Alcohol (especially red wine) provokes attacks in more than half of those with cluster headaches, but has no effect once the cluster period ends. Cluster headaches are also strongly associated with cigarette smoking.[2] Glare, stress, or certain foods may also trigger an attack.[1]

An increased familial risk of these headaches suggests that there may be a genetic cause, though more studies are needed to confirm this suspicion and identify specific genetic changes associated.[2] 
Last updated: 4/1/2016

Are cluster headaches related to Horner's syndrome?

Horner's syndrome, a rare condition that affects the nerves to the eye and face, may present during a cluster headache attack. The condition is not present between episodes. However, this fleeting presentation can evolve into persistent Horner's syndrome.[1]

Horner's syndrome can be caused by any interruption in the sympathetic nerve fibers, which start in the part of the brain called the hypothalamus and run to the face. Sympathetic nerve fiber injuries can result from migraine or cluster headaches.[3]

To read more about the association between cluster headaches and Horner's syndrome, you can visit PubMed, a searchable database of medical literature. Information on finding an article and its title, authors, and publishing details is listed here.  Some articles are available as a complete document, while information on other studies is available as a summary abstract.  To obtain the full article, contact a medical/university library (or your local library for interlibrary loan), or order it online using the following link. Using "cluster headaches AND Horner syndrome" as your search term should locate articles. Click here to view a search.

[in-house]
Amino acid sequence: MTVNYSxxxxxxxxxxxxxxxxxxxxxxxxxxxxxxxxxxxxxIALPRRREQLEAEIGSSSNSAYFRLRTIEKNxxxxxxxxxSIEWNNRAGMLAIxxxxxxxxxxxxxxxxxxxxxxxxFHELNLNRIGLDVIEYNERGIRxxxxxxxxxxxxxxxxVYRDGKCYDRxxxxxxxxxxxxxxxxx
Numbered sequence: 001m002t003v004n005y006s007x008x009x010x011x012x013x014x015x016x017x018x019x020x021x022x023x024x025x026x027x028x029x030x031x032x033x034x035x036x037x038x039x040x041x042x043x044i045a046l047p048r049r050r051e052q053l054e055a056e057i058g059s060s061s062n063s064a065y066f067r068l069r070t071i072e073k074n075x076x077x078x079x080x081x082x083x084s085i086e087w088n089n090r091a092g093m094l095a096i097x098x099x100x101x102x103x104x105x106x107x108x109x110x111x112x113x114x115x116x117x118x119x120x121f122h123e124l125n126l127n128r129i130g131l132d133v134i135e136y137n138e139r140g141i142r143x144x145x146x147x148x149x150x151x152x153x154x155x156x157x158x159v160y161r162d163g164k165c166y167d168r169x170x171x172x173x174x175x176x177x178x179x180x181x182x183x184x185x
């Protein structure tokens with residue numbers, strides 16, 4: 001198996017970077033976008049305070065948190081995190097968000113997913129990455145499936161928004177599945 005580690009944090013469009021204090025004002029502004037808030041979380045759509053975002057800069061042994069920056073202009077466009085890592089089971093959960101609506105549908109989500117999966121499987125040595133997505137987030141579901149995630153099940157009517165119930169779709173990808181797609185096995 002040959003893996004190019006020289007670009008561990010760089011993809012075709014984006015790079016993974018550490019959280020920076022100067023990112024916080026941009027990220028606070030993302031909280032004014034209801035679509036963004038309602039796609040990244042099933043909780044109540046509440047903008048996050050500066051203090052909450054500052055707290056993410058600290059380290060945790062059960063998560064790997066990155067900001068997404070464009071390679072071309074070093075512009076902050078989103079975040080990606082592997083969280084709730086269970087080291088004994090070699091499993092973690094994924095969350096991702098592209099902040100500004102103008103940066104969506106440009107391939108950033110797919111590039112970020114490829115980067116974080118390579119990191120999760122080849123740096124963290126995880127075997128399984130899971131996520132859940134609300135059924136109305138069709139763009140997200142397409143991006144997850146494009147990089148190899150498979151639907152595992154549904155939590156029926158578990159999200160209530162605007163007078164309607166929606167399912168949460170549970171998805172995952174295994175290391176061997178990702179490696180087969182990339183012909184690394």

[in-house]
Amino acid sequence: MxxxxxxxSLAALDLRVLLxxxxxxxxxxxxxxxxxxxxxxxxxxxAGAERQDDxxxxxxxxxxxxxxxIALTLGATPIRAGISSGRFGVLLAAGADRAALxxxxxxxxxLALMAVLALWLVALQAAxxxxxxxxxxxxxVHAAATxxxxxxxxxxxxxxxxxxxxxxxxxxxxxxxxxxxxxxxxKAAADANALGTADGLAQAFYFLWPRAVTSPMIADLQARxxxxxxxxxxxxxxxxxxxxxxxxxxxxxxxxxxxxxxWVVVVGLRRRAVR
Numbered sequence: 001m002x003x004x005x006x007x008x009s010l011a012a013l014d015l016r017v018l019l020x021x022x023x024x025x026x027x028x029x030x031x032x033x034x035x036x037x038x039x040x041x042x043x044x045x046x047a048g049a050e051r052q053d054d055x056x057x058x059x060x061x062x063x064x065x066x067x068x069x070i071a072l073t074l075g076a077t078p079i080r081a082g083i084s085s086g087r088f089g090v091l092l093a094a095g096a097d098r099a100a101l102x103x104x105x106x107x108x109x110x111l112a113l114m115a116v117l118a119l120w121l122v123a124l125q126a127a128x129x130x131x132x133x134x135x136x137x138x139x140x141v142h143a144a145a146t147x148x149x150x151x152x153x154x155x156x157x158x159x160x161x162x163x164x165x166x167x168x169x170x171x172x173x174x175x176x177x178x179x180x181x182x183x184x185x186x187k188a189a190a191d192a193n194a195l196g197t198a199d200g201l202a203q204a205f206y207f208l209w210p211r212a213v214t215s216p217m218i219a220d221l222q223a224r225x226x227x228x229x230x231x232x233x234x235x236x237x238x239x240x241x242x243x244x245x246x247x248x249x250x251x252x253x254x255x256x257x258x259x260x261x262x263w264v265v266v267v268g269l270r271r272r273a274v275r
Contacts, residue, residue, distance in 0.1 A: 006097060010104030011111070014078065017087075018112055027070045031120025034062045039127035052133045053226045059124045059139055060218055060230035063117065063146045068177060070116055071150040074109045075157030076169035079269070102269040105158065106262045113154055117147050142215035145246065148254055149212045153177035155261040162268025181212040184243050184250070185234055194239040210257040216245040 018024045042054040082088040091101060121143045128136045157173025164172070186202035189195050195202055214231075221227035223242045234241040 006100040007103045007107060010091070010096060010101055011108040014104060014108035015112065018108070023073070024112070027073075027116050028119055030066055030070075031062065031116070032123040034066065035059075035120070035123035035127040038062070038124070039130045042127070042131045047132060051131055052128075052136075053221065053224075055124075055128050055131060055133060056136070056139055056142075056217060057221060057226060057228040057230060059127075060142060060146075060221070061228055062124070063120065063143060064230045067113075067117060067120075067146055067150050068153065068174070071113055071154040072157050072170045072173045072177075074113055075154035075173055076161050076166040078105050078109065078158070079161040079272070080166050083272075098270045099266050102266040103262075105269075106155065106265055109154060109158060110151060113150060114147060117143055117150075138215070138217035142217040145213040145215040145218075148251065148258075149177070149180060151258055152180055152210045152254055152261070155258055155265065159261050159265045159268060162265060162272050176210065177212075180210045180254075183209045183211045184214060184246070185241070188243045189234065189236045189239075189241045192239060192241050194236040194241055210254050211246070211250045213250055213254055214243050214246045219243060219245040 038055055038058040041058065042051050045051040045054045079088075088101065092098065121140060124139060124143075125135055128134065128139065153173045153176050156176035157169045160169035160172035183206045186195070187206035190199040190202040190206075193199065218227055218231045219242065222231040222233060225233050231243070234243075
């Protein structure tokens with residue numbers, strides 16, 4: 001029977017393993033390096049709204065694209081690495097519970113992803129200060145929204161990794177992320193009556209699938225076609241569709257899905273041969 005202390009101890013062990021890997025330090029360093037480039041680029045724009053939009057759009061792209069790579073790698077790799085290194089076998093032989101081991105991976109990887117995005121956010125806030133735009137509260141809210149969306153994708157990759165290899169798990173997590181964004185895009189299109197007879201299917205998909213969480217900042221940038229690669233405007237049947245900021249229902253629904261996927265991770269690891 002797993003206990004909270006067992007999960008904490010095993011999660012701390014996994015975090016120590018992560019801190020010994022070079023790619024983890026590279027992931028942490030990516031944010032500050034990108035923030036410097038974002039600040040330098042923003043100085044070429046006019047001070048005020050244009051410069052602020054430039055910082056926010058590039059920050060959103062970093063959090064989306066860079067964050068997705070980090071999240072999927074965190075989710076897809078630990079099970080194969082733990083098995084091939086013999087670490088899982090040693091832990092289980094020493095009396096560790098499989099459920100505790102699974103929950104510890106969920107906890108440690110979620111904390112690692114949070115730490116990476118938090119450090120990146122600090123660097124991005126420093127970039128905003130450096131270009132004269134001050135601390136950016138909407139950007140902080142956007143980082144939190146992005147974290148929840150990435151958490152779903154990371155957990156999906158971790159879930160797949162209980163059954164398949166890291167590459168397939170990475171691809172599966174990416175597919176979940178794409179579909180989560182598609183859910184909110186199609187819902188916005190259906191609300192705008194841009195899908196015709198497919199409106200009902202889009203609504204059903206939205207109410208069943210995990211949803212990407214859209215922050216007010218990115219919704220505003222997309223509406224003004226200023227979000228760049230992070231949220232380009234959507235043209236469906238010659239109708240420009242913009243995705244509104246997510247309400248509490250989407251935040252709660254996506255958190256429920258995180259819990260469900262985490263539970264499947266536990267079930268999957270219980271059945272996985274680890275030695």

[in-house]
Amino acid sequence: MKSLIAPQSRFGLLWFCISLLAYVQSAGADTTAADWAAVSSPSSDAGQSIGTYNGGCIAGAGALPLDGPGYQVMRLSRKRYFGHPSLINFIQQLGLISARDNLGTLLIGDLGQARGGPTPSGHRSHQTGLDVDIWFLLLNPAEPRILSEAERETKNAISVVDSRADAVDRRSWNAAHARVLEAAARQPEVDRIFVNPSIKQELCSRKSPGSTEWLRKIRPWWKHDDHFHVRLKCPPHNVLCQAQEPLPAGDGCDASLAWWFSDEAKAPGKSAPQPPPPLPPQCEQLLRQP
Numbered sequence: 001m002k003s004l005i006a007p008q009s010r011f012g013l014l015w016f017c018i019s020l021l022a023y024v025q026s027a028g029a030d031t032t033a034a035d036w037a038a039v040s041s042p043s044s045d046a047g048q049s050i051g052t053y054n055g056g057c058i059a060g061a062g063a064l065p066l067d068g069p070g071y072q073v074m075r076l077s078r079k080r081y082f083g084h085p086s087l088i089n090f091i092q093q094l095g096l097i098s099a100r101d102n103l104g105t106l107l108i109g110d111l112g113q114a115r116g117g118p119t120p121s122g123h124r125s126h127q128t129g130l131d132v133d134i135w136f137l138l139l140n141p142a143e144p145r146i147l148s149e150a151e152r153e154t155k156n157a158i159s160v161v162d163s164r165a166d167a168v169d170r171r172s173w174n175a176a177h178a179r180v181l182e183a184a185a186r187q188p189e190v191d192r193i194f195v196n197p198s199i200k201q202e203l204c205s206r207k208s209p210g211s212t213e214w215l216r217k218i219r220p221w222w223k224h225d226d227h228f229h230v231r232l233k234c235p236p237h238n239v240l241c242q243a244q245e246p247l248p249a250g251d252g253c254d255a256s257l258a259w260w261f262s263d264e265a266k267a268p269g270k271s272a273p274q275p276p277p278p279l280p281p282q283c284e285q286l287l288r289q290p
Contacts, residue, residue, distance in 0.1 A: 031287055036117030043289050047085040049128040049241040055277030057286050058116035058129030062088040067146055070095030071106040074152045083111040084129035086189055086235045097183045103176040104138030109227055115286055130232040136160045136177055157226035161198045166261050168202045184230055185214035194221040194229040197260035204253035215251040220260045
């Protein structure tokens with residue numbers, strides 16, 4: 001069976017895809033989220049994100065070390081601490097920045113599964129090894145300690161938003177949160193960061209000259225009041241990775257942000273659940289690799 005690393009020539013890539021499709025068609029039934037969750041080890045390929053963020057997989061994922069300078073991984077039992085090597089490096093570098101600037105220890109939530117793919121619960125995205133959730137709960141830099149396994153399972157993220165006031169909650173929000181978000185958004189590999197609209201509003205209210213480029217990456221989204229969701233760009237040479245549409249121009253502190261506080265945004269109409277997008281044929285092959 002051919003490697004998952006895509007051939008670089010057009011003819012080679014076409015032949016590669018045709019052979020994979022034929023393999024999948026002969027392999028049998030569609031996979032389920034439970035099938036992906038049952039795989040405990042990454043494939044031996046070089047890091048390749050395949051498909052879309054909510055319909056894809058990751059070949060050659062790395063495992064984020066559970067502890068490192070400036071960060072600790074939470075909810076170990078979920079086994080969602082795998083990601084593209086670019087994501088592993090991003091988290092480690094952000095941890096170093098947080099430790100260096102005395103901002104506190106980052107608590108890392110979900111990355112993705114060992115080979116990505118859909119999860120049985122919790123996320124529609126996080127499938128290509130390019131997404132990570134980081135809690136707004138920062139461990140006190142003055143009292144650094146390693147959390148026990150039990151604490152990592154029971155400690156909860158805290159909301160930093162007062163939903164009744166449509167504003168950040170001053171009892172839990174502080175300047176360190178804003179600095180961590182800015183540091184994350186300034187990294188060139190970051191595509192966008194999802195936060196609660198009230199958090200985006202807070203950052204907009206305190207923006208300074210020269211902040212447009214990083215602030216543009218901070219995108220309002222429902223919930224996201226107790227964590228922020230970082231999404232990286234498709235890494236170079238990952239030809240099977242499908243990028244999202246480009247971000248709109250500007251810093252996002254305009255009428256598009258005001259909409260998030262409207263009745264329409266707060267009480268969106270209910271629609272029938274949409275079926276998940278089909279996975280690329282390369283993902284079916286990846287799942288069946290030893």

The National Library of Medicine (NLM) Web site has a page for locating libraries in your area that can provide direct access to these journals (print or online). The Web page also describes how you can get these articles through interlibrary loan and Loansome Doc (an NLM document-ordering service). You can access this page at the following link You can also contact the NLM toll-free at 888-346-3656 to locate libraries in your area.


Last updated: 3/6/2012

Where can I learn more about Horner's syndrome?

Information and resources related to Horner's syndrome can be accessed by clicking here.
Last updated: 5/20/2009

How might cluster headaches be treated?

Treatment does not cure cluster headaches. The goal of treatment is to relieve symptoms. Spontaneous remission may occur, or treatment may be required to prevent headaches.[1]

There are medications available to lessen the pain of a cluster headache and suppress future attacks. Oxygen inhalation and triptan drugs (such as those used to treat migraine) administered as a tablet, nasal spray, or injection can provide quick relief from acute cluster headache pain. Lidocaine nasal spray, which numbs the nose and nostrils, may also be effective.  Ergotamine and corticosteroids such as prednisone and dexamethasone may be prescribed to break the cluster cycle and then tapered off once headaches end.  Verapamil may be used preventively to decrease the frequency and pain level of attacks. Lithium, valproic acid, and topiramate are sometimes also used preventively.[2] 

More detailed information on medications can be found in the treatment and management sections of Medscape Reference's article on cluster headache.
Last updated: 11/1/2013

Other Names for this Disease
  • Bernard-Horner Syndrome
  • Oculosympathetic Palsy
See Disclaimer regarding information on this site. Some links on this page may take you to organizations outside of the National Institutes of Health.